Speed is vital for modern websites, particularly those which deals with e-commerce, every ms (millisecond) counts, and it all adds up and is a big turn off for prospective customers.
Recently I optimised the site of my UK Web Hosting business XDnet.co.uk before I started work the site was, well abysmal when it comes to speed. The Pingdom putting it at 14-16 seconds, slower than 90%+ of sites according to Pingdom, before the page fully loaded with some basic optimisation techniques and a little bit of work I’ve gotten this down to 1.67 seconds.
1. Minify it!
Compressing your code down is one of the simplest ways to gain a few precious milliseconds and it’s dead easy as there are plenty of tools you can use to compress your CSS and Javscript files.
www.minifycss.com/css-compressor/ is a fantastic tool with loads of useful settings to help manage the way it compresses the CSS to ensure efficiency and even improves your CSS code!
Note: With both JS and CSS compression you should ALWAYS ensure you keep a uncompressed copy for future changes. It’s a good idea to simply save the compressed versions as <filename>.min.css as this will help you easily identify the versions in future.
2. Combine, Merge, Reduce!
3. Content Delivery Network (CDN) static content
CDNs can be useful, but should be used with care, they aren’t a magic solution and can in-fact slow down your site if you don’t use a good CDN service.
Personally I snapped up a free TB of data with MaxCDN during their speedawareness month and have been testing that out, the results in speed improvements do vary depending on your location as in some cases it is a few ms faster when delivered directly from the server, but overall on a global scale it does improve the average speed.
Ideally you want to be serving all static CSS, JS and Images over CDN for the best results. This can also help with other slow-down factors such as paralleled downloads across hostnames.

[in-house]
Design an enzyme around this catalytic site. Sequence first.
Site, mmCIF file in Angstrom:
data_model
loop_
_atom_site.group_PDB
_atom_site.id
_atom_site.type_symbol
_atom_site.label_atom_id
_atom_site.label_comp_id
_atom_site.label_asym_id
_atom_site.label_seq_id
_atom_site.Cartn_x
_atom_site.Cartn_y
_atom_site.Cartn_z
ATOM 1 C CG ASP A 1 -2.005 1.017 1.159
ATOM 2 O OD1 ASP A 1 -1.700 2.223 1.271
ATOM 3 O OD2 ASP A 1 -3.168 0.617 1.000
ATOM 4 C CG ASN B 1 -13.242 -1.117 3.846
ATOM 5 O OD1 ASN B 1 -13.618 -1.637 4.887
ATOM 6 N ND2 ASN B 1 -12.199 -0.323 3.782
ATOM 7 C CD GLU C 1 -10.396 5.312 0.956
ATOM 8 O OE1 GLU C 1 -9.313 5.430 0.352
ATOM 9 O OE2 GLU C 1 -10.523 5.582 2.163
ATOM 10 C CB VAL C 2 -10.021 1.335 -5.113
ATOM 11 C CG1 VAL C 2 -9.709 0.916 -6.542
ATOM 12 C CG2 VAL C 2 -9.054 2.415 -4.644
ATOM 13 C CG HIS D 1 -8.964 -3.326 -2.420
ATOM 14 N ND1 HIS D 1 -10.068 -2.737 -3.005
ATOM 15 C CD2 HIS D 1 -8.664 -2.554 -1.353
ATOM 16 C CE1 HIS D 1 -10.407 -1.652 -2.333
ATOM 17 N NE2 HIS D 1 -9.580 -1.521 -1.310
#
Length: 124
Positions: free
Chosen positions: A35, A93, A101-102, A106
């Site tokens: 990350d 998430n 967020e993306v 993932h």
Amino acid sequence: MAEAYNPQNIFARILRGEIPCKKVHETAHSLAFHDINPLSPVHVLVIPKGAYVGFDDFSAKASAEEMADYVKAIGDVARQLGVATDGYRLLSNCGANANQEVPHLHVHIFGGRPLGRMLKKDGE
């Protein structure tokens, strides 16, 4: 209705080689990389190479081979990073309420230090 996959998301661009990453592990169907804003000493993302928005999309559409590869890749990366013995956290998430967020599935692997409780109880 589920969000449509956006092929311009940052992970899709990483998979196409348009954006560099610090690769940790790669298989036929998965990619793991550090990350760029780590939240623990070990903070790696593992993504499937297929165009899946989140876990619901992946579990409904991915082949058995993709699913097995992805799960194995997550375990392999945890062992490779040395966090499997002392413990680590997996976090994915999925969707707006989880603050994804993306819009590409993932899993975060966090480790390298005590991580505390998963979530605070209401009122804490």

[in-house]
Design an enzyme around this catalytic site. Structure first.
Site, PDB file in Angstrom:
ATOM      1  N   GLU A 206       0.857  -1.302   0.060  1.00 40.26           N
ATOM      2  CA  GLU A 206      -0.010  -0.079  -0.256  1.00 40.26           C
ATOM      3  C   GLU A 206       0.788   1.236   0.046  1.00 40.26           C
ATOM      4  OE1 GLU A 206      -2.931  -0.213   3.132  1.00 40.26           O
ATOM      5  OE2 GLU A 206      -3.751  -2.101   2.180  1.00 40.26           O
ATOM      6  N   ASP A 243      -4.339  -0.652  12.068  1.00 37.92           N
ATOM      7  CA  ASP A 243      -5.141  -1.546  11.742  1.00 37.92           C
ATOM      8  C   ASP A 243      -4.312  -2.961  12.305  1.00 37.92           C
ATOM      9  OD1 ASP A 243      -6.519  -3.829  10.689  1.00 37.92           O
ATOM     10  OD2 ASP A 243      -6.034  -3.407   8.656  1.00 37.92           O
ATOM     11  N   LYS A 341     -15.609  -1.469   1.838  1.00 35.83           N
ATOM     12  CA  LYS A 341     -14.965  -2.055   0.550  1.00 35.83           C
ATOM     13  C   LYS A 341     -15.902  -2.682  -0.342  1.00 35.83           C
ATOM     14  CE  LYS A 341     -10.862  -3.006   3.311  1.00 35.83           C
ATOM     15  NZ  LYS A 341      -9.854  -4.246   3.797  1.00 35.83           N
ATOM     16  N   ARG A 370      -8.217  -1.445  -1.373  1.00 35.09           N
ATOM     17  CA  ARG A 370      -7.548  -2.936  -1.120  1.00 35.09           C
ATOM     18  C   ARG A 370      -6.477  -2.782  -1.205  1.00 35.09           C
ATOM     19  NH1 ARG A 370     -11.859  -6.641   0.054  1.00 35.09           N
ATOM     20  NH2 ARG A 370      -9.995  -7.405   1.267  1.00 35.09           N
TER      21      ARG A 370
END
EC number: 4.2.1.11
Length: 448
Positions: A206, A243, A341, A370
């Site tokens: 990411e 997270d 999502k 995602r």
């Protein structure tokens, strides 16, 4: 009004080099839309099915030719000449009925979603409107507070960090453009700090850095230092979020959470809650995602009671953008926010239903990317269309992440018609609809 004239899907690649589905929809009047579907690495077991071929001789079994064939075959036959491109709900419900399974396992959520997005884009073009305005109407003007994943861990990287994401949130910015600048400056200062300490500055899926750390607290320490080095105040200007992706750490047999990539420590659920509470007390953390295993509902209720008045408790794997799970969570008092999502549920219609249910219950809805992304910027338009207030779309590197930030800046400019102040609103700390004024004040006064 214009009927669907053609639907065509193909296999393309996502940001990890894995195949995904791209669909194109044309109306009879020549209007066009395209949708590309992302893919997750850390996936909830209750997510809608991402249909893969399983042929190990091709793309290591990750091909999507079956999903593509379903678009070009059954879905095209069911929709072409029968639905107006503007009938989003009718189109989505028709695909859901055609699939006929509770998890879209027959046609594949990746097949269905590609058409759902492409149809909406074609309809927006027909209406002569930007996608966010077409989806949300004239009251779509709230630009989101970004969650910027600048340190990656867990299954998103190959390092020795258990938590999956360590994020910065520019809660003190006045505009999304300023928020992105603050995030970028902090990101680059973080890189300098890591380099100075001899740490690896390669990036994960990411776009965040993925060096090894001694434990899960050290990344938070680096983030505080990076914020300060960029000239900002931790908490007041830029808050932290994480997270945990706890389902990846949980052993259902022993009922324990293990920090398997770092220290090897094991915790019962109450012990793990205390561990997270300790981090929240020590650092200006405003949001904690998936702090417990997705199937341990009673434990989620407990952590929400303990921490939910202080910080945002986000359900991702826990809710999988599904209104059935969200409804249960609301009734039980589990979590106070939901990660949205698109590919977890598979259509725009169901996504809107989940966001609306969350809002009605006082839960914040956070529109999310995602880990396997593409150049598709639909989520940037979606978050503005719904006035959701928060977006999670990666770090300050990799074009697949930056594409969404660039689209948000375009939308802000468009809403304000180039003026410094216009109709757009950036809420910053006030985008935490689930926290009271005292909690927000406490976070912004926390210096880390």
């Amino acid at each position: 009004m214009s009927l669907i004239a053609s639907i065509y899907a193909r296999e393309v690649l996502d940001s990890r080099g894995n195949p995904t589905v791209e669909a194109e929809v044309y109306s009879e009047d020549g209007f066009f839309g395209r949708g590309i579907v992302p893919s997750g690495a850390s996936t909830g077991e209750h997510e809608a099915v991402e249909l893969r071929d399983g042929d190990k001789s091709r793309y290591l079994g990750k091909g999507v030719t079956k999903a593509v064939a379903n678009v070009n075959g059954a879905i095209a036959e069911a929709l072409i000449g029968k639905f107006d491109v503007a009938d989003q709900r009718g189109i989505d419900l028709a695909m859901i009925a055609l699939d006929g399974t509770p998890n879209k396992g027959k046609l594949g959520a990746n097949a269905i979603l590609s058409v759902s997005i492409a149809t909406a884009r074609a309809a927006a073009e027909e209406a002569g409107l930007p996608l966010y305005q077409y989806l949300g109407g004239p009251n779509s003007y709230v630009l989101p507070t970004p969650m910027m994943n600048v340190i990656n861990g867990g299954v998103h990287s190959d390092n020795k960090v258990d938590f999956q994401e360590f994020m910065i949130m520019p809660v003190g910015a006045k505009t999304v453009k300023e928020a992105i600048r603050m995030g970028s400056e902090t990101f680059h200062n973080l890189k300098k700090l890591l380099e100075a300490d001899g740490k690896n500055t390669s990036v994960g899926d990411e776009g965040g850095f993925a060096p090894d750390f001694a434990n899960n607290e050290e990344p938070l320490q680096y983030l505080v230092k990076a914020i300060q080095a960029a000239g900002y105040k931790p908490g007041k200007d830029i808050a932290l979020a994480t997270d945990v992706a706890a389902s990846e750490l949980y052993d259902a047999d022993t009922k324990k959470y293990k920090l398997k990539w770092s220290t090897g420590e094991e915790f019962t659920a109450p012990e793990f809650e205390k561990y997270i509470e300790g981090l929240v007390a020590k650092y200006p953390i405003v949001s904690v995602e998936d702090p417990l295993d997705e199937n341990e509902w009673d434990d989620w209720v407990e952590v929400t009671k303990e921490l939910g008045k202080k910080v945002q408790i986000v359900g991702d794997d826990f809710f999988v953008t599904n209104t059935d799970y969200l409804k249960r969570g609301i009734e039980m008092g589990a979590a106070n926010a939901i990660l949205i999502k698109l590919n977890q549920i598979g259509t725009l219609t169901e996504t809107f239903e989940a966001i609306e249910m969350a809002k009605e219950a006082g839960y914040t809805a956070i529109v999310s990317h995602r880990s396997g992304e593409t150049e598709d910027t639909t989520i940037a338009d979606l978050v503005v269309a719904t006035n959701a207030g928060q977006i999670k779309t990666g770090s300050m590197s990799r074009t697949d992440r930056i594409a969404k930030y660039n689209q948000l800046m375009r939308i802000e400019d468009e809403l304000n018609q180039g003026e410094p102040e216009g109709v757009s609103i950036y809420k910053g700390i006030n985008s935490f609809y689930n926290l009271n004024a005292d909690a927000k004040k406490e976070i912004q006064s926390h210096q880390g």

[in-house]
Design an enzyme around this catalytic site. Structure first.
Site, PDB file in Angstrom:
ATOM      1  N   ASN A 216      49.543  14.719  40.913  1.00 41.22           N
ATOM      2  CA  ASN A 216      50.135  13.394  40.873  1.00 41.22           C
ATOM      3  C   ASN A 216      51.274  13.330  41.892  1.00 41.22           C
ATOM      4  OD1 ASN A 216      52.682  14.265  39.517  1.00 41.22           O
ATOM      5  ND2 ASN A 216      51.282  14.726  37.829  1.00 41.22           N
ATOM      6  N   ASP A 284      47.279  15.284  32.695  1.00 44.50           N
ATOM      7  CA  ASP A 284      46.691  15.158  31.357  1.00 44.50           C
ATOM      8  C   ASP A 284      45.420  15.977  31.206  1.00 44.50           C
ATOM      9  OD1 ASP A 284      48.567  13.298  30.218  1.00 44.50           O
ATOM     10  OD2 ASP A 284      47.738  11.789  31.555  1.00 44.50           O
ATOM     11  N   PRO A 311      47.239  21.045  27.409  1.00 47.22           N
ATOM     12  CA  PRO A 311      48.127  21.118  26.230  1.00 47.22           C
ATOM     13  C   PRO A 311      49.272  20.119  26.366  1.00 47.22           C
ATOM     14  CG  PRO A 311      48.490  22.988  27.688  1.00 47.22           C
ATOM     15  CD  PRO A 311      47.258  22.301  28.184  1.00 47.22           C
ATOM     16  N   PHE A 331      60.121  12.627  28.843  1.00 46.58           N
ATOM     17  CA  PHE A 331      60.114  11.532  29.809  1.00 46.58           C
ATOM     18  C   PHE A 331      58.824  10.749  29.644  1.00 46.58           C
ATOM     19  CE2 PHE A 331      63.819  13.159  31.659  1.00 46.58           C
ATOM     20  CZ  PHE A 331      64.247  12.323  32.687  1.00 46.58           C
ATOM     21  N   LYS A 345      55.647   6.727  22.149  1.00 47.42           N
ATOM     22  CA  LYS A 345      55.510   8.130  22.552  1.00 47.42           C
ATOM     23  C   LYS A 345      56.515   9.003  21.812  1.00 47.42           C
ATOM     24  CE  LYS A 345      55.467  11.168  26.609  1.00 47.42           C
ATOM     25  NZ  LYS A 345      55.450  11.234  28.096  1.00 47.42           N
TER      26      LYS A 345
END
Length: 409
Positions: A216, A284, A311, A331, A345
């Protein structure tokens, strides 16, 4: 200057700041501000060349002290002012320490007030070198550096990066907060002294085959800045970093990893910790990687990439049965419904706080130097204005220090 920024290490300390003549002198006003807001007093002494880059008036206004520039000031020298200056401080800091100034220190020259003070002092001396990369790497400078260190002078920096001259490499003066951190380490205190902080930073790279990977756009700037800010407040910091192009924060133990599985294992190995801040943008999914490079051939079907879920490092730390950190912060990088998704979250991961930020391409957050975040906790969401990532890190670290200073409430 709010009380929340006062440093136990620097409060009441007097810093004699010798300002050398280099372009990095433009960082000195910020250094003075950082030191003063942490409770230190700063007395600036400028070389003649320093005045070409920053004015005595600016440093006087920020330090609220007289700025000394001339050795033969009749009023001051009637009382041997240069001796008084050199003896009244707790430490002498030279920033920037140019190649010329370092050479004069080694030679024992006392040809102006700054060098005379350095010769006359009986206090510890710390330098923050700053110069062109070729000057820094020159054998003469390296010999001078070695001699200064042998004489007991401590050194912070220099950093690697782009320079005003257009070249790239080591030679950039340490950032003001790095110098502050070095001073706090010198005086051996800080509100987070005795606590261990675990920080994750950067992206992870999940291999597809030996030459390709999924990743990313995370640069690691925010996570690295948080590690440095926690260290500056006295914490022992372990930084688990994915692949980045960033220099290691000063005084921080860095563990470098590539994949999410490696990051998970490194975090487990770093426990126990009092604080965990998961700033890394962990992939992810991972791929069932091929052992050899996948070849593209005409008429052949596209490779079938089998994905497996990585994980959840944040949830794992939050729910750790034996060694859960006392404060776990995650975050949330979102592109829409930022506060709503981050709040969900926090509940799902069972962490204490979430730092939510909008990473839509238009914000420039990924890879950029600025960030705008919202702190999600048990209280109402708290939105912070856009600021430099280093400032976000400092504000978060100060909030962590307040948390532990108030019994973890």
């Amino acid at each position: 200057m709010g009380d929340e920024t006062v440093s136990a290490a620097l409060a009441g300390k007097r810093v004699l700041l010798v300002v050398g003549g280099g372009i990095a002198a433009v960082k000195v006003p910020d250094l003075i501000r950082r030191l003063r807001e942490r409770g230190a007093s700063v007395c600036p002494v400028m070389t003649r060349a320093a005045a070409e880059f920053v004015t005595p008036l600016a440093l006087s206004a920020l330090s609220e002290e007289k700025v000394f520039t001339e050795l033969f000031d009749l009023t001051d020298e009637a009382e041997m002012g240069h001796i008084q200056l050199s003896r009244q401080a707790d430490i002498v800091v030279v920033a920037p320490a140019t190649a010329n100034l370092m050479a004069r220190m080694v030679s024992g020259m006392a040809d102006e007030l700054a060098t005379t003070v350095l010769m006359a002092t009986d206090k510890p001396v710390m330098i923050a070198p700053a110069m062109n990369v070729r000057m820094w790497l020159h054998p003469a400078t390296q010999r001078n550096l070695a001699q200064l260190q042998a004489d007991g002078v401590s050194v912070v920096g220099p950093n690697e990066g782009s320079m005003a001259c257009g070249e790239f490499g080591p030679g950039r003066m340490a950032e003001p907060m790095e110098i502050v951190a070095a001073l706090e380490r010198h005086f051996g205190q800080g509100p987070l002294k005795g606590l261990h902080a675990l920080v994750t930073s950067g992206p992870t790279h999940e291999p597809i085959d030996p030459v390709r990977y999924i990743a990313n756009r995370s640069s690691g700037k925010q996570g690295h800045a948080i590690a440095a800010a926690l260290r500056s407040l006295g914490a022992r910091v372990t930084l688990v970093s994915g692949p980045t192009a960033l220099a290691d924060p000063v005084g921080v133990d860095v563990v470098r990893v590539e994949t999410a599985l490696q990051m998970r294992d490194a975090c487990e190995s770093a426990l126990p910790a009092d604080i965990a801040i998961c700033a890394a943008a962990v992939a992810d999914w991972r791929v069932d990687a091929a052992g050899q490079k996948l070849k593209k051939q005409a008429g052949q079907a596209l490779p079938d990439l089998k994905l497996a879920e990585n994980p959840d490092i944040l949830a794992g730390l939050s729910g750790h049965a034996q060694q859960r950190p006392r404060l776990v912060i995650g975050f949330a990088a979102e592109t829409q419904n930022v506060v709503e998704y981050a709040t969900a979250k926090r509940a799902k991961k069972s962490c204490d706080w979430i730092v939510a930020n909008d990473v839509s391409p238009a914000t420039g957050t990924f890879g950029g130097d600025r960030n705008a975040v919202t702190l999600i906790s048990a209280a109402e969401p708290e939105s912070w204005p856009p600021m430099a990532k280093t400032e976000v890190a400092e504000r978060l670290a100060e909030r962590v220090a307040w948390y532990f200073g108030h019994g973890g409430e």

4. Parallelize Downloads across hostnames/domains
As specified in HTTP 1.1 browsers have a limit on the number of concurrent connections they make to hostnames, this generally seems to vary between 2 and 20.
This often means if you have a lot of files on the same hostname/domain e.g. mysite.com/images/ then the browser will connect to the first X items to download, and the rest have to wait for the first batch to finish before they can start. By spreading the files across multiple hostnames, such as cdn.mysite.com/images/file.png and cdn2.mysite.com/images/otherfile.png – this can help speed things up by allowing for more objects to download in parallel. This method does have limitations, and should be tested as the DNS lookup time can counteract the benefits so it’s worth checking.
Learn more from the Google Speed docs.
5. Your code sucks. Fix it.
A big time suck for my site was a few poor coding choices which caused unnecessary wait time while PHP did it’s thing to generate the page. The killer was lookup requests grabbing the latest tweet & blog posts to display.
There are also numerous other ways to optimise your code but it’s important to give everything an eye over it’s often surprising just how much basic code improvements can improve your site speed.
Hope these tips have helped, if they have or if you have any more tips please leave a comment below, or tweet me @dansgalaxy